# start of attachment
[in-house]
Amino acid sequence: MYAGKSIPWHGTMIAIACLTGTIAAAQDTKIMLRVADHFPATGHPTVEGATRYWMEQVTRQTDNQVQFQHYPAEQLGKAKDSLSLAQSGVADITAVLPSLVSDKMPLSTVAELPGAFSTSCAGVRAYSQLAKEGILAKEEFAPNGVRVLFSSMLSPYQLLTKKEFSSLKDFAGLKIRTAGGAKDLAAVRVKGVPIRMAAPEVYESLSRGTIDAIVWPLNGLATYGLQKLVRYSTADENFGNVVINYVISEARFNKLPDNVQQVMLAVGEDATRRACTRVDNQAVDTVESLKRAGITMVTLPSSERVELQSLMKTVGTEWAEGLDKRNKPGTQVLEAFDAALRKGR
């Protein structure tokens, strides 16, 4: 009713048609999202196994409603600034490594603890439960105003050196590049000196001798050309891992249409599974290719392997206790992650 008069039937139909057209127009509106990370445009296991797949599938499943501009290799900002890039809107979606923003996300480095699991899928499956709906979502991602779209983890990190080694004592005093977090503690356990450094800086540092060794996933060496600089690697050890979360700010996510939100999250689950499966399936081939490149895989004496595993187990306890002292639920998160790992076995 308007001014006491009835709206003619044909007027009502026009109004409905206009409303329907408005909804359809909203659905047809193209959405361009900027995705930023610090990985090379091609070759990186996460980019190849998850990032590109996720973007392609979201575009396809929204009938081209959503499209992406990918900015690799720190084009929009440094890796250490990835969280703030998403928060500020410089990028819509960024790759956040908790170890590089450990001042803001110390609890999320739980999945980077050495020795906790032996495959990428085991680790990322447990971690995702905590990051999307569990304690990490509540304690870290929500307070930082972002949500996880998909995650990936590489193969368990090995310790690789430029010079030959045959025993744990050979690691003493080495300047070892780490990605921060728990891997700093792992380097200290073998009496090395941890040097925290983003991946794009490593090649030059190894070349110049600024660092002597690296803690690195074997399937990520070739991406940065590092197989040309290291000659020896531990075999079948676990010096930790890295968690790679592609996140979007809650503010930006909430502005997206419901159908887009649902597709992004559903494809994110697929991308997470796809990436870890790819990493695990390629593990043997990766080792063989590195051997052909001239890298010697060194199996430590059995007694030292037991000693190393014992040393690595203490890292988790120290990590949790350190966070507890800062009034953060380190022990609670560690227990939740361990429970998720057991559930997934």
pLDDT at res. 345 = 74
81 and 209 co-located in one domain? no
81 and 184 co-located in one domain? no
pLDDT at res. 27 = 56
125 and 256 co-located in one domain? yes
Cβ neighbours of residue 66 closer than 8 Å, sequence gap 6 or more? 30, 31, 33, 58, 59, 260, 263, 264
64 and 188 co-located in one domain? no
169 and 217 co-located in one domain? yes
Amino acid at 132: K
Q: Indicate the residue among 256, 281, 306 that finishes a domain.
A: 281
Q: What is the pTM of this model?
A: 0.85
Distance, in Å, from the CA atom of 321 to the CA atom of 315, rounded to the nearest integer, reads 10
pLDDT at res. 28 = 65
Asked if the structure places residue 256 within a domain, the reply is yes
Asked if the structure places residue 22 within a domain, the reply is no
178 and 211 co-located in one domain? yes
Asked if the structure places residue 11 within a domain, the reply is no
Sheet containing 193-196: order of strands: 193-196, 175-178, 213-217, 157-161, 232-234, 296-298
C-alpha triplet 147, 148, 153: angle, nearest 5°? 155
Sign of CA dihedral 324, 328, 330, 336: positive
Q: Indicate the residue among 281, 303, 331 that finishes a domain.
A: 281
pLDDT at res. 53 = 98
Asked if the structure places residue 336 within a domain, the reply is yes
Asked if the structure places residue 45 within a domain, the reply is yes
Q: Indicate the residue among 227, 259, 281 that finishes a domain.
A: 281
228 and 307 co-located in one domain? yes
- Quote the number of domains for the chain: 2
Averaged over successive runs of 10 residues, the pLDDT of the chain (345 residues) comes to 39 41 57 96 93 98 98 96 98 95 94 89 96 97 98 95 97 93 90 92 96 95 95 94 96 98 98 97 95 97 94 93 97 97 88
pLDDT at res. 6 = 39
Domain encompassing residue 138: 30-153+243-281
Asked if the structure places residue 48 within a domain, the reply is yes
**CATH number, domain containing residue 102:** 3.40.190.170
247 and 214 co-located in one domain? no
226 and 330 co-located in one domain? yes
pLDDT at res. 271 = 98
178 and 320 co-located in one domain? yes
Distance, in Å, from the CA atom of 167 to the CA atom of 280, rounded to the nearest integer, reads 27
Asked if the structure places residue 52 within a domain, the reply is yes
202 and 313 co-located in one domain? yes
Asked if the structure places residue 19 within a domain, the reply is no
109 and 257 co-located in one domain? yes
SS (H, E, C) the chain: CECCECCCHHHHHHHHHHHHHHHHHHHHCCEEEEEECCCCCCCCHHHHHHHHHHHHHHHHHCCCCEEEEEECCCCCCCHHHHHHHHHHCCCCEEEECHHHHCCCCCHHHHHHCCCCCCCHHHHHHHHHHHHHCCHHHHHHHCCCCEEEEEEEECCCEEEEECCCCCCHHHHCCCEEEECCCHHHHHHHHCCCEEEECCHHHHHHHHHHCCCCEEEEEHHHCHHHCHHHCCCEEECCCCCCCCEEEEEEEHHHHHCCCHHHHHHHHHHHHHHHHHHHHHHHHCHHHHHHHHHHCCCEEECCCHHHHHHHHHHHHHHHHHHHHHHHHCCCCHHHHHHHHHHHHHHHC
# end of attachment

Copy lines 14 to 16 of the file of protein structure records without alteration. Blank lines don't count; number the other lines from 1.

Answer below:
A: 281
Q: What is the pTM of this model?
A: 0.85